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Process: Youth Art

‘For young people in particular, increased participation in arts and culture has shown to increase academic attainment as well as reducing truancy and improving classroom behaviour.

When artistic, cultural and sporting activities take place in a community setting there is huge potential to build local social networks. Social capital not only improves local relationships for individuals but also benefits the local area more widely. Recent studies show that increased participation in cultural, artistic and sporting activities helps tackle some of the issues that concern local communities, including deliquency, graffiti and crime.’

(NYCI Youth Arts Fact Sheet) http://www.youth.ie/nyci/Youth-Arts-Factsheet

From this evidence, you can see that art is an ideal way of facilitating youth work. This comes as no great surprise to us on the ground. We have seen time and time again that art projects excite and delight the young people and staff alike, particularly collaborative/participatory youth art projects.

The art process brings energy and motivates, light, love and colour.

The art process brings energy and motivates, light, love and colour.



But why does this happen? How does it happen?


The art process is complex and consuming and hugely engaging. The process brings energy and motivates, light, love and colour. The process can bring turmoil, conflict and resolution, potential fall outs, friendships, learning and hope. The process is from the ‘pre-ject’ stage where ideas are buzzing, binging, brimming, igniting and anything is possible – to project ending.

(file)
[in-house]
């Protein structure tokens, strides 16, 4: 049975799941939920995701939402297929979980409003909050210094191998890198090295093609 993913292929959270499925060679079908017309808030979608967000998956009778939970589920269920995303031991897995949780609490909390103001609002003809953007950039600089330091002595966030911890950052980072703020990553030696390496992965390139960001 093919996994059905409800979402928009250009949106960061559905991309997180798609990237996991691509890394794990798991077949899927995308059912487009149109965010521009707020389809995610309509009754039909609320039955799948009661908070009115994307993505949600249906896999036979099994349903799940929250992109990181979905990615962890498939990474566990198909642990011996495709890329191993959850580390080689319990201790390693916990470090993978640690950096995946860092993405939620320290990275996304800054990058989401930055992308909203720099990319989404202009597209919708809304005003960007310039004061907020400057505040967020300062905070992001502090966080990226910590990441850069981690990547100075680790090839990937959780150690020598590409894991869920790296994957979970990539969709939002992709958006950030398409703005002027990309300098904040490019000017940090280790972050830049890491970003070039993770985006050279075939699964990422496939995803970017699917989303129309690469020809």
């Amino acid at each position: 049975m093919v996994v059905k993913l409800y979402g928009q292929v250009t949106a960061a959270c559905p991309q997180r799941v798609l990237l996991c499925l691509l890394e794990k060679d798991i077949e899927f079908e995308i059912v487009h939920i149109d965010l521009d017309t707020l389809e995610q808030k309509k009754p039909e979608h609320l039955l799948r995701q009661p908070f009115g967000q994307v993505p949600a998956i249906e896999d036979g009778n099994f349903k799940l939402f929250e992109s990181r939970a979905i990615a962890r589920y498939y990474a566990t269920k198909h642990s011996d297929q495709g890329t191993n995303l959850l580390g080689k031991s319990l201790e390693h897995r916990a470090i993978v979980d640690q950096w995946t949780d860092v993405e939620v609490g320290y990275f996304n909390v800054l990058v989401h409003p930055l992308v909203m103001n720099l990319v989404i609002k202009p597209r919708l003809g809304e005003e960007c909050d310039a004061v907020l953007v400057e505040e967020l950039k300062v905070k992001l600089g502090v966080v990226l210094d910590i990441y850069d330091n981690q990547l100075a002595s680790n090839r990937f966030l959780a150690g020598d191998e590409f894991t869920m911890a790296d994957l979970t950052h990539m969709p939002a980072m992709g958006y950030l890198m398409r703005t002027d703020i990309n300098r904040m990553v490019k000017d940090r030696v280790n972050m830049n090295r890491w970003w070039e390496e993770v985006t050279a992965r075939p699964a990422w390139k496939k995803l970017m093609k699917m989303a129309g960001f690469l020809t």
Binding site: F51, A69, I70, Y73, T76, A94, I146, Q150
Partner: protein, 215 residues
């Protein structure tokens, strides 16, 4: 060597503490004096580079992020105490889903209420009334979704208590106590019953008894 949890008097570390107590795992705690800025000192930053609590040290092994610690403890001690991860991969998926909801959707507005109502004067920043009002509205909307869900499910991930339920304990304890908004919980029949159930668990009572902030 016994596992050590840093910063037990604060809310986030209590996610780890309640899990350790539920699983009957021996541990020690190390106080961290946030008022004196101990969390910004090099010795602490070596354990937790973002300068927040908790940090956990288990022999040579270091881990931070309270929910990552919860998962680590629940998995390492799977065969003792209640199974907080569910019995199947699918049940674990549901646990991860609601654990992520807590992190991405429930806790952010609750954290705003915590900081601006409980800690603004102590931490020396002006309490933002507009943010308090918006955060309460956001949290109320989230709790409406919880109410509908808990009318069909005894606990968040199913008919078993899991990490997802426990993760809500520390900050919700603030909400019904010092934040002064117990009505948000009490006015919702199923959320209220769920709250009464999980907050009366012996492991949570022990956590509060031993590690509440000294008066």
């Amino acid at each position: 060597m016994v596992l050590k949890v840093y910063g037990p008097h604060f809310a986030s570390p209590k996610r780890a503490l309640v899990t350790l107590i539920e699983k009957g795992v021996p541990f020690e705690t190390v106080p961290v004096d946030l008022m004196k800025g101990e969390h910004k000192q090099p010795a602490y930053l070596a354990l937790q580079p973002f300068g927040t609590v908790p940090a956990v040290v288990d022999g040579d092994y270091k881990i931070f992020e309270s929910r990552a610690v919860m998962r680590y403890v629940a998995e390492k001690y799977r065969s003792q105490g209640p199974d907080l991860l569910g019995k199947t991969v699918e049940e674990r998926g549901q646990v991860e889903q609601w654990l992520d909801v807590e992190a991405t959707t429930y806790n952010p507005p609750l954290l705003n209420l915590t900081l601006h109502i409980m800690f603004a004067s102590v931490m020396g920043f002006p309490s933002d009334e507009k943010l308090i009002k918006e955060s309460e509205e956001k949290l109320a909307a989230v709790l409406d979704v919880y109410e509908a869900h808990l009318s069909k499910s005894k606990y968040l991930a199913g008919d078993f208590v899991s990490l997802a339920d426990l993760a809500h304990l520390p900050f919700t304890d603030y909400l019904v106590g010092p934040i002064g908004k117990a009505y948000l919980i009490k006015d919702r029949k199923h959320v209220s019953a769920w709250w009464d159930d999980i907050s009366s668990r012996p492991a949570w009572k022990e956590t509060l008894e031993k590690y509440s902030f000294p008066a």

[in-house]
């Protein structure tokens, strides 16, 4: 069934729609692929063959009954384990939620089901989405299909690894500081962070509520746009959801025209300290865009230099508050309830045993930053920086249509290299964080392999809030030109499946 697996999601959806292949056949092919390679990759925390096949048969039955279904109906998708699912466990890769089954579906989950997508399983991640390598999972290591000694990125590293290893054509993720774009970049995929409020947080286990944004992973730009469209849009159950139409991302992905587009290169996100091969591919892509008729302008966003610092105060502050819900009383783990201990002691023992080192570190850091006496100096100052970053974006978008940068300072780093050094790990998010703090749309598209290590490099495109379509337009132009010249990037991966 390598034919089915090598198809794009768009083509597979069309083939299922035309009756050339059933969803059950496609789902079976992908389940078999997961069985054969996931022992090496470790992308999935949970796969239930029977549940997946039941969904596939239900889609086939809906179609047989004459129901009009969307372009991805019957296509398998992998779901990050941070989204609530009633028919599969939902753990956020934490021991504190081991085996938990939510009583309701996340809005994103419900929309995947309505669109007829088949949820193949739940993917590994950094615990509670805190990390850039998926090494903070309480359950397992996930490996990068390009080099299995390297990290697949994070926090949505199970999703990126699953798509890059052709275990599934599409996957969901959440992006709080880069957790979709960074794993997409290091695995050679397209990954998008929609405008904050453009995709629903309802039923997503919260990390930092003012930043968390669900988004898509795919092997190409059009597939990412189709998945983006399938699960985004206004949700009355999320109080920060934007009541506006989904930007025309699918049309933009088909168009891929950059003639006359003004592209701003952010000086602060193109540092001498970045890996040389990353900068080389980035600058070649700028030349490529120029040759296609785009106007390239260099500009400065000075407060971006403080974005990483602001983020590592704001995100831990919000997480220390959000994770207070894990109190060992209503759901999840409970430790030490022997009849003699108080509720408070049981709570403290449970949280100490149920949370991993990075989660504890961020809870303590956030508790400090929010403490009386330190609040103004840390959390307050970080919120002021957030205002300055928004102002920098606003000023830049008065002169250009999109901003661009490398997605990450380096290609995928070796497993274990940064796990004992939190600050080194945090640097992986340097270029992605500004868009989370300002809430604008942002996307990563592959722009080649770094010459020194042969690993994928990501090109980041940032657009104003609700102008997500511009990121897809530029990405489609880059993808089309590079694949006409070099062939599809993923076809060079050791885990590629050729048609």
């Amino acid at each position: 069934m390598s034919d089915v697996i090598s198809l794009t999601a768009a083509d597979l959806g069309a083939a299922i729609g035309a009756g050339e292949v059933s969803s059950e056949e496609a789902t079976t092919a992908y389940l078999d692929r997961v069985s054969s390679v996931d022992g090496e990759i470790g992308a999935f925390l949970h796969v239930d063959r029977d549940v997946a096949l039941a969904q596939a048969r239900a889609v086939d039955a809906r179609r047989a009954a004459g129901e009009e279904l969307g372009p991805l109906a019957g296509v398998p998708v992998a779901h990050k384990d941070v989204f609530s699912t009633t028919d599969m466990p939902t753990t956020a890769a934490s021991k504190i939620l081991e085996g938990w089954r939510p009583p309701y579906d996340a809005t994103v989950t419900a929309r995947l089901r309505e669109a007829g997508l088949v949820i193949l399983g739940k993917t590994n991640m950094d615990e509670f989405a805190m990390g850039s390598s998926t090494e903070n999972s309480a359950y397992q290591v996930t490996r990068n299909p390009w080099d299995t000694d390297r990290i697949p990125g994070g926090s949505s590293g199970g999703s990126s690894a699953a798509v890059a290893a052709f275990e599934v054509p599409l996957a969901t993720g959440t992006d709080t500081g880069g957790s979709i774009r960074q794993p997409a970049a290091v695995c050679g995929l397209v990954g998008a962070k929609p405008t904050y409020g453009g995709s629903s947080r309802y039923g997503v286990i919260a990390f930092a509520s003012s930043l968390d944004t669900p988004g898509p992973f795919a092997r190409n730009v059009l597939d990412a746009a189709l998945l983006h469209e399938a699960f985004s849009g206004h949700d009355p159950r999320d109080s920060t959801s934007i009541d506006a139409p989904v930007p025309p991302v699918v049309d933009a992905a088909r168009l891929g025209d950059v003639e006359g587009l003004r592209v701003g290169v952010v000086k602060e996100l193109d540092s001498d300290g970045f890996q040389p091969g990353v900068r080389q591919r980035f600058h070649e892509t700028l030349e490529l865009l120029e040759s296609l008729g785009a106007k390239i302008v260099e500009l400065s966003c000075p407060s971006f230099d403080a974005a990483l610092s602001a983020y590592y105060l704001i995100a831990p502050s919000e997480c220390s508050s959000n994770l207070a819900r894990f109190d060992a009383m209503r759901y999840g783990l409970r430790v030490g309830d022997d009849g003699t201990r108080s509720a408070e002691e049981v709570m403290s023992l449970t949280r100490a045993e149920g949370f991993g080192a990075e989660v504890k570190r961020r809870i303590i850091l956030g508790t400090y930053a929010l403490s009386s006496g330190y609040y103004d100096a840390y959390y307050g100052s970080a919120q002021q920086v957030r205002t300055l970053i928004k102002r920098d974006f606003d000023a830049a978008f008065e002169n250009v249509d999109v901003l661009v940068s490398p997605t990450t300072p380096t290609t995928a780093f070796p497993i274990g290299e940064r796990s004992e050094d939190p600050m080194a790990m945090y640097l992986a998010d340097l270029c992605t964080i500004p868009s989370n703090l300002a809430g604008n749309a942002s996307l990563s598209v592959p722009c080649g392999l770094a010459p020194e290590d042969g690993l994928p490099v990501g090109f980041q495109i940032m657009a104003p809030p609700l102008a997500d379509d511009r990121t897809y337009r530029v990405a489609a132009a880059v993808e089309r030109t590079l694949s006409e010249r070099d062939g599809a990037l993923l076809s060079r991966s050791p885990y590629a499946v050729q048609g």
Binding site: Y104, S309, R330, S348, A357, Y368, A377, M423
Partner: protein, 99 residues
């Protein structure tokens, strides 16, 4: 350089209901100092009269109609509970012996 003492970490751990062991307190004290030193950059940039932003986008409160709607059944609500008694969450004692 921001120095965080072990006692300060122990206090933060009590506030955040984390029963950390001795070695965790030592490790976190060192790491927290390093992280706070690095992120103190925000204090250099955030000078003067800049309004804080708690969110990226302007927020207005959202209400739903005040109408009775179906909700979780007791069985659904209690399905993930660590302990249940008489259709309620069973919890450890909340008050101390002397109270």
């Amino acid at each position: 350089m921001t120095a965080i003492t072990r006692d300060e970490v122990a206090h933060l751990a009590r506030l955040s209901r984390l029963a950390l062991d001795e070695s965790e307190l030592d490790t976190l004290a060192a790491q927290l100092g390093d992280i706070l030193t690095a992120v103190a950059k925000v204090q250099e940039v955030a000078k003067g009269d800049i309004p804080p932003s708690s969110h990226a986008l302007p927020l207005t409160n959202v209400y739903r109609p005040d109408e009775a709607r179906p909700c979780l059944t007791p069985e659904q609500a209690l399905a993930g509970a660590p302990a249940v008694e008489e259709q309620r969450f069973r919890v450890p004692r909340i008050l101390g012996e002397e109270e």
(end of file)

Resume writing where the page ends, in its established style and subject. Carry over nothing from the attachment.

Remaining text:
There are so many different feelings, emotions, skills, experiences and attributes gathered along the way. There is never failure – all there is, is experience and growth. Involved in all these stages are great energy, struggle, ownership, decisions about art form, decisions about subject matter and negotiations with artists/youth workers/peers.

Preparation for the project, deciding materials, decision about colours, textures, so many decisions. So many making decisions, even if you leave at this point – you’re making a decision to leave. Gathering materials, making connections with suppliers, manipulating materials, reaching consensus, actualising the project and getting busy. Acknowledging that it’s harder than you imagined, being gentle with yourself, overcoming this stage and reaching conclusions. Experiencing fear about exposing the creation, celebrating the work, reveling in success, sharing with your community, contributing to your community, reflecting on failure and reflecting on what is next? You can see that through this journey, there is an incredible amount to be learnt, to be experienced and reflected upon! It’s never just the product that is celebrated in the end. It’s the living textures and layers upon layers of interesting experiences and wisdom acquired. It is through the experience of making art together/or alone, that can lead an evaluator to conclude the benefits as descripted above in NYCI Youth Arts Fact Sheet.

For me, as an artist/Youth Worker, I find the aesthetic in the process of art making as powerful as the product and often more beautiful. The stories of youth progression and transformation are most often weaved into the making rather than the showing. In this way the process takes a sculptural form.

If you are interested in developing your youth arts practice further or want an opportunity to work with an artist, NYCI have opened their Artist and Youth Work Residency Scheme grant. Deadline is September 5th.


Teresa Normile – TAR Project

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